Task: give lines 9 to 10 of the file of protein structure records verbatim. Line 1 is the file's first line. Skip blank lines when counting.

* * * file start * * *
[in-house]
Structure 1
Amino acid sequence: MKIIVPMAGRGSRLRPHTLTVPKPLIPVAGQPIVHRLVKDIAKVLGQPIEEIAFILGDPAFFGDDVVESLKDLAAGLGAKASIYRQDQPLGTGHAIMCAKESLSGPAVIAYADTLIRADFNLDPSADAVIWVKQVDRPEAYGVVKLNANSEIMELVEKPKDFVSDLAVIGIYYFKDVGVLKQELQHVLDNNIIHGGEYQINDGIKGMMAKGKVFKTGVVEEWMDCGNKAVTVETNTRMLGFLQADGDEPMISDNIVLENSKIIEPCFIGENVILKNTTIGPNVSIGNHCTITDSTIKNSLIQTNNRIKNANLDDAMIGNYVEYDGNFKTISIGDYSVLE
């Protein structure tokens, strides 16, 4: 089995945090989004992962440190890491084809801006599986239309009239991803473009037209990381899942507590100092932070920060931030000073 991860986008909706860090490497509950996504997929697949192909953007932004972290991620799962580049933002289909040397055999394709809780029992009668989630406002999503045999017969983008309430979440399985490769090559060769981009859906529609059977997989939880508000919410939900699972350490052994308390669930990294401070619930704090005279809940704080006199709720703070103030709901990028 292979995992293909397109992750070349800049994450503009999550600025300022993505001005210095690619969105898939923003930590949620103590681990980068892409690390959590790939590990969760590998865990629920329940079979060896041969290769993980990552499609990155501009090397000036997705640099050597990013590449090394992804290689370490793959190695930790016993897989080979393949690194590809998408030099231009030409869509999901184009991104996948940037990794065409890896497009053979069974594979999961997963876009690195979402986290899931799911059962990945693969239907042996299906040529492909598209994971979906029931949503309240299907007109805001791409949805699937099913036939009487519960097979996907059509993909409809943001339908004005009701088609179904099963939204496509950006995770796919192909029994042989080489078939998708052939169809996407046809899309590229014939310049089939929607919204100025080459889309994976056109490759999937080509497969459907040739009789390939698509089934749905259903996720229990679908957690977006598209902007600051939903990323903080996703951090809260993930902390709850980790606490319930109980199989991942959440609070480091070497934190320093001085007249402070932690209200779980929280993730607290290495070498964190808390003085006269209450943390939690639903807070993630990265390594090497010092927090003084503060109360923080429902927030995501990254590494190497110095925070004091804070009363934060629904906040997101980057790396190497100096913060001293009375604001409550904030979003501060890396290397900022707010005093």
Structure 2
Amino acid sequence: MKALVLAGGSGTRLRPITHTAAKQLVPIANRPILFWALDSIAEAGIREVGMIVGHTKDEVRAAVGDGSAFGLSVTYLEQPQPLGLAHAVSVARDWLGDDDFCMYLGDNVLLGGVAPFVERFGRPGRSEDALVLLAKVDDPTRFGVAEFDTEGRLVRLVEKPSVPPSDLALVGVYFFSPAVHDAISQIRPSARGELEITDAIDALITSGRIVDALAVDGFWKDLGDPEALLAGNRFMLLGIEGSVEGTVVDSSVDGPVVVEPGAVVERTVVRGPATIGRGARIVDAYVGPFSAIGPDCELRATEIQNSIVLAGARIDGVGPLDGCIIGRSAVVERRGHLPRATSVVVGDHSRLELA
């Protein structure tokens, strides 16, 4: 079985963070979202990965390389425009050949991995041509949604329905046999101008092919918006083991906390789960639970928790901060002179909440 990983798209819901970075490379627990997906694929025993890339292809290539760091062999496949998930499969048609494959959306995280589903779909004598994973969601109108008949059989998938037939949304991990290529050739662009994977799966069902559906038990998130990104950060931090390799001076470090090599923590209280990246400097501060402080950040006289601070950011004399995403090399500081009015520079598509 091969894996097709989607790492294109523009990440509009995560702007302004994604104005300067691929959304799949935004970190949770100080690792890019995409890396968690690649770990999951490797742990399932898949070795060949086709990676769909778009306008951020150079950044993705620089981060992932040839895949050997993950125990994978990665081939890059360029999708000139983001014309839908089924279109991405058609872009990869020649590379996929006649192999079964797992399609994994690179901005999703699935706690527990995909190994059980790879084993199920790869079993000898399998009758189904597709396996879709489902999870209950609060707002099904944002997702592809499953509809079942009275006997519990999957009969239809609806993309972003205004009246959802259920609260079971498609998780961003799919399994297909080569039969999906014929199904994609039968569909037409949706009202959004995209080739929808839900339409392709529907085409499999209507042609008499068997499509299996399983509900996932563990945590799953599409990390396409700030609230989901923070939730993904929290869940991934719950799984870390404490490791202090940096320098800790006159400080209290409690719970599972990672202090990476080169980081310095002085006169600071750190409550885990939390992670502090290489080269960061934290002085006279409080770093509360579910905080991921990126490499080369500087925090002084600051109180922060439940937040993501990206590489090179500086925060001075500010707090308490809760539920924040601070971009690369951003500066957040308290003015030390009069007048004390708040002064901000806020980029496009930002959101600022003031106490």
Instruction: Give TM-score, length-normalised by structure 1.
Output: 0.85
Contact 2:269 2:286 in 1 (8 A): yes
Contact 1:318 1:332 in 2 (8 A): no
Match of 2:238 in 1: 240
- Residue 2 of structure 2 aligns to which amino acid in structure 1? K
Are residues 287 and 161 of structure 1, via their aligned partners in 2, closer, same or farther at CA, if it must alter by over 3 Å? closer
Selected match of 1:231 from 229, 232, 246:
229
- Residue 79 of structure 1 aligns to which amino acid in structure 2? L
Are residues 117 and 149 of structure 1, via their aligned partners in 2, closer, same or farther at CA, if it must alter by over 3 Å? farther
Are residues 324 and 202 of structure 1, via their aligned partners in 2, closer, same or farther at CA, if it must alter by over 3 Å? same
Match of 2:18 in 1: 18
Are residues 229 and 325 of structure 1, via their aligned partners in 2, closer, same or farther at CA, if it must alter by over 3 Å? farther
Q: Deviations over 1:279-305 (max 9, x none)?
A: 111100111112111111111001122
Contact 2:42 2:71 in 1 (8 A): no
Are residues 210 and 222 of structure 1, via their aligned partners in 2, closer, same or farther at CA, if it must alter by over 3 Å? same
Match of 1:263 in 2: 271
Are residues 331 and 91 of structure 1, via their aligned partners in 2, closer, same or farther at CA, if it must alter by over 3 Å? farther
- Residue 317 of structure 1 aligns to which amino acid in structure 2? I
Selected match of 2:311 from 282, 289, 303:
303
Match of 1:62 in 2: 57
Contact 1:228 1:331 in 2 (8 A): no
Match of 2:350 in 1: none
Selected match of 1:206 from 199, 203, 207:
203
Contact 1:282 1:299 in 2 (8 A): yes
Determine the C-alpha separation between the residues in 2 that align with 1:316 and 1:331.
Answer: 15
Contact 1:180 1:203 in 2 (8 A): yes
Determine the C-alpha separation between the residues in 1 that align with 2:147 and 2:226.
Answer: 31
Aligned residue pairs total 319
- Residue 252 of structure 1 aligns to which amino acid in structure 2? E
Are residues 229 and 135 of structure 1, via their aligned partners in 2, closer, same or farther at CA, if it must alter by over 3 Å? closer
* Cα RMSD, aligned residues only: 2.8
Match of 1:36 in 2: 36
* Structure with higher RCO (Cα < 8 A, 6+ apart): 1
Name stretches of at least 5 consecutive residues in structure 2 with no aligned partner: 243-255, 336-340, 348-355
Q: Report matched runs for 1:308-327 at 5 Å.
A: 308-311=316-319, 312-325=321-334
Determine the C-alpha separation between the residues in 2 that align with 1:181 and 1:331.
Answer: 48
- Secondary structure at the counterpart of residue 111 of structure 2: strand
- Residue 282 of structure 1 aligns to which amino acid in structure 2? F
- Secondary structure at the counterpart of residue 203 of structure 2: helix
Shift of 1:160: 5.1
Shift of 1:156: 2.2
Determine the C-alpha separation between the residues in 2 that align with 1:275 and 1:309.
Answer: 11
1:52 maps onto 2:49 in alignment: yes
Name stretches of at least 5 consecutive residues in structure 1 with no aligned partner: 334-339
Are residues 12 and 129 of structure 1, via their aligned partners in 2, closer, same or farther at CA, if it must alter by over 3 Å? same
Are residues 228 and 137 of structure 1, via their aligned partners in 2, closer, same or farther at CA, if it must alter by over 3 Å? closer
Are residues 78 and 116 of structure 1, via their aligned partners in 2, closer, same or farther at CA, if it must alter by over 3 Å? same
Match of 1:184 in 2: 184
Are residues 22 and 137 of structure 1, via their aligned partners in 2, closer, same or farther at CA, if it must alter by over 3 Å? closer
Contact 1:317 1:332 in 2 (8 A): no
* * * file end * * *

Output: 0.85
Contact 2:269 2:286 in 1 (8 A): yes